Most of us who had TVs back in the late 60s and early 70s remember the repeated scenes where “Impossible Mission Force” agent Mr. Phelps went to varying secret locations to listen to audio tape instructions for his next “Mission Impossible”.
- “Good morning Mr. Phelps”: Then came the detailed info about the problem and the dangerous people to be encountered to solve the problem.
- Mr. Phelps was then told, “Your mission, should you decide to accept it—”. Then this was followed by the exact desired outcome.
- The mission was considered so perilous that he was told at the end, “As always, should you or any member of your IM Force be caught or killed, the secretary will disavow any knowledge of your actions."
- Finally, Mr. Phelps was told, “This tape will self-destruct in five seconds.” This was followed by the hissing and smoke of the burning audio tape.
- Then Mr. Phelps, in the privacy of his apartment picked from an IMF folder the specialists needed to carry out “Mission Impossible”.
I was fairly open to what God’s plan was for me. I retired from working after about 29 years in the mental health field—but I hadn’t retired from life.
God showed me in a vision many years ago that He had a plan for me. I’m not special because I had a vision. Joel prophesied in Joel 2:28, and it was reiterated in Acts 2:17, “Your young men will see visions.”
Yes, I was young at one time! I’m assuming that I am just one of many young men over the years that have had visions because of what the Bible declared.
I won’t get into the details of the vision. That's not important. What is important is that it made me know with certainty that I was called by God to fulfill His mission in my life. And the mission God has for each of us is never retired—right? The mission continues until we finally meet Him in heaven.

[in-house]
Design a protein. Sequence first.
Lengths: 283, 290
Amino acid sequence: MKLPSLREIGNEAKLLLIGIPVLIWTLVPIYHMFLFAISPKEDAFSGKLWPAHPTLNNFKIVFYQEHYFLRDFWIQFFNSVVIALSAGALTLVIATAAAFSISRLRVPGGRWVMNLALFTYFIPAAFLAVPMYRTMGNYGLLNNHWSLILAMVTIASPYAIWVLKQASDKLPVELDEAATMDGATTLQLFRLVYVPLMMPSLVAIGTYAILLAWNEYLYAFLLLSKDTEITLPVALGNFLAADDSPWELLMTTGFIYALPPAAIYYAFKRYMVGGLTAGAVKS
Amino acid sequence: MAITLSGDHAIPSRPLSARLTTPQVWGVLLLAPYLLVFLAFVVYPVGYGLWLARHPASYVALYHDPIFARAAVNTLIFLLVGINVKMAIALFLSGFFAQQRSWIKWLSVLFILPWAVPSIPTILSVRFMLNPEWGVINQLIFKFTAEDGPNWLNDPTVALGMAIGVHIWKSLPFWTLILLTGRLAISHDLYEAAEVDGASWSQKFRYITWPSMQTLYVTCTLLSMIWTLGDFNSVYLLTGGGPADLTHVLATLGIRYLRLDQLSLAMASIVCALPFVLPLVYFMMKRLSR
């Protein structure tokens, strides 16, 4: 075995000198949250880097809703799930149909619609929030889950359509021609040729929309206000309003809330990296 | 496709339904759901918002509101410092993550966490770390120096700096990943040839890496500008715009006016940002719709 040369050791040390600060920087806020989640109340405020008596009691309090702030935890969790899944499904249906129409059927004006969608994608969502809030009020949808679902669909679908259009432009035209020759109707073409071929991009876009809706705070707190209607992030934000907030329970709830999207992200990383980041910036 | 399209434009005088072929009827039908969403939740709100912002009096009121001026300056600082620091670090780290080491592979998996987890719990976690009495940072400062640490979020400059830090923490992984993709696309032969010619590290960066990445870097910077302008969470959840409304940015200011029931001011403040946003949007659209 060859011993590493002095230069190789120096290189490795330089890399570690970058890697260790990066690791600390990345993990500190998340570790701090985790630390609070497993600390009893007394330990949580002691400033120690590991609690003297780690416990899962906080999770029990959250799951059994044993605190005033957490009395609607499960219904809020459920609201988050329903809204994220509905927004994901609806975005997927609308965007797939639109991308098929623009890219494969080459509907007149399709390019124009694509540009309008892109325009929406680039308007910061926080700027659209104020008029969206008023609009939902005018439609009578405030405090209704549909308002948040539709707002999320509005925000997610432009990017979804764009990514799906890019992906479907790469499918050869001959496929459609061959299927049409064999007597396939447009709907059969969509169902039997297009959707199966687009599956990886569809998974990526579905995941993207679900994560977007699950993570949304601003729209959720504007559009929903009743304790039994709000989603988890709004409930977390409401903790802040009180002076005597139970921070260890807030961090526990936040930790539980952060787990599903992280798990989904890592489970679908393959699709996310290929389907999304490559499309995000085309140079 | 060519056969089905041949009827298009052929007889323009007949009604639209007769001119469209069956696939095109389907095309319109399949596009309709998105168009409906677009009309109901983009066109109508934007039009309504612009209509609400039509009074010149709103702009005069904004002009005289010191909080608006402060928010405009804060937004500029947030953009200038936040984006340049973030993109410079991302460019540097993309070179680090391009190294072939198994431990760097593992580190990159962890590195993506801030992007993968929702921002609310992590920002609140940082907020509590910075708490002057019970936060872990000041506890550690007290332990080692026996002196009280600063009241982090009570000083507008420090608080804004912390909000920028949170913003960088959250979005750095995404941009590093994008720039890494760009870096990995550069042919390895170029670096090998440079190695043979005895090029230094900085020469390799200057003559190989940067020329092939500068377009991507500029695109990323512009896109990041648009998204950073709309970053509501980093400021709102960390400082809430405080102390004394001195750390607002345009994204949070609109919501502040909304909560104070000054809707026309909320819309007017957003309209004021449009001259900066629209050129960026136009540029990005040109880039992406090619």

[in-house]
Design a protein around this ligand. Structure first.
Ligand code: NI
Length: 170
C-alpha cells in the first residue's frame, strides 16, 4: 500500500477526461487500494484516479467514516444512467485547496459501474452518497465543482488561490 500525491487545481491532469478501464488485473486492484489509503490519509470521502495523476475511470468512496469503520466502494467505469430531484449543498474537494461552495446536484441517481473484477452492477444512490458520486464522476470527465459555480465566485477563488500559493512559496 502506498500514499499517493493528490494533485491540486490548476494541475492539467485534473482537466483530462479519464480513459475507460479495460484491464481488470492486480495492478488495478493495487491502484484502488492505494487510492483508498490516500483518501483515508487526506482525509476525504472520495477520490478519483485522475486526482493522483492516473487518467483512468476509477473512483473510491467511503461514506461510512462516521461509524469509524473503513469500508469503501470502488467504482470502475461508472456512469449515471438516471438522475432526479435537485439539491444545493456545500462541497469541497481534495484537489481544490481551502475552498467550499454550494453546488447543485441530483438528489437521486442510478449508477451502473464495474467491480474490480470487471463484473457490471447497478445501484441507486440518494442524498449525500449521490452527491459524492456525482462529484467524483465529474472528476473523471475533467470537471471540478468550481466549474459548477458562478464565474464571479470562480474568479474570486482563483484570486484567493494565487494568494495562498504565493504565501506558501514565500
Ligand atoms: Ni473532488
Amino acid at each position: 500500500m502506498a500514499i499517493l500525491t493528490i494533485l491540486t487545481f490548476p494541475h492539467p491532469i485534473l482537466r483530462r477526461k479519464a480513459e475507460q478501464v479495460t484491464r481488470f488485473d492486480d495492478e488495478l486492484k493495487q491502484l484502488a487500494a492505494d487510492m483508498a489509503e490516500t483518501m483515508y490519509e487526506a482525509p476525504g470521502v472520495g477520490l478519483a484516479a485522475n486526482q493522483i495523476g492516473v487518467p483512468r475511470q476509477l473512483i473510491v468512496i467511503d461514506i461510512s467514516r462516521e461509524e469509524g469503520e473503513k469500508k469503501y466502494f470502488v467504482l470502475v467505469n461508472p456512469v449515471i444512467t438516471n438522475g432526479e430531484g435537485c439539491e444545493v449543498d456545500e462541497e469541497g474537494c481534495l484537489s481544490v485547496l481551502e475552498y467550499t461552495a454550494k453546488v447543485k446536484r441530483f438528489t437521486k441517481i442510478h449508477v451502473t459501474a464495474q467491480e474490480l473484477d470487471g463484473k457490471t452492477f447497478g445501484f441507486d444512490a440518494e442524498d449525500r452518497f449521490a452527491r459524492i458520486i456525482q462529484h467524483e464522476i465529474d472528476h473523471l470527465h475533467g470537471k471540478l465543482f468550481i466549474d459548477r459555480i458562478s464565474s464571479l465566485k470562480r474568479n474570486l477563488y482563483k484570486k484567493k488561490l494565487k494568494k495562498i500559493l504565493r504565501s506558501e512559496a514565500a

So, what is God’s mission for me—and you? Is it to be happy? Is it to be prosperous? Is it to have position and prestige? Is it to have a big family, including many grandchildren, and even perhaps great-grandchildren?
God’s mission for us may include each of these things. Psalm 1:3 says of God’s people, who follow His instruction, “Whatever he does he prospers.” Does that mean only financial prosperity? Or does it encompass a lot more than that?
Over a year ago I took an online Dallas Theological Seminary course entitled “Evangelism 101”. Dr. Barry Jones, the instructor, talked several times in the lessons about the Latin term “Missio Dei”. Dr. Jones said about it, “The Missio Dei is God’s purpose on the earth to create and sanctify a people for His own glory”. And also, “Mission should be the essence of the church—not just one of its many facets.”
Dr. Jones strongly emphasized that the mission on earth for each born-again believer is to participate in “God’s Great Rescue Mission”. The Mission Impossible team, which was fictional, and non-fictional military or safety forces rescue missions are formed to save countries and the physical lives of people. God’s rescue mission, on the other hand—is to save the lives of people spiritually—and for all eternity.
Physical rescue missions are very important in our lives. But the “Missio Dei” of God is of far greater importance than earthly rescue missions. Eternal life is in the balance.
Satan wants to make it difficult, impossible if you will, for us to fulfill God’s Great Rescue Mission. He will go to any lengths, even to kill us, to stop the mission from happening.
In the face of that, God is asking us to put all else aside. He is saying to each of us, “Your mission, should you decide to accept it” --is to rescue men and women everywhere you go.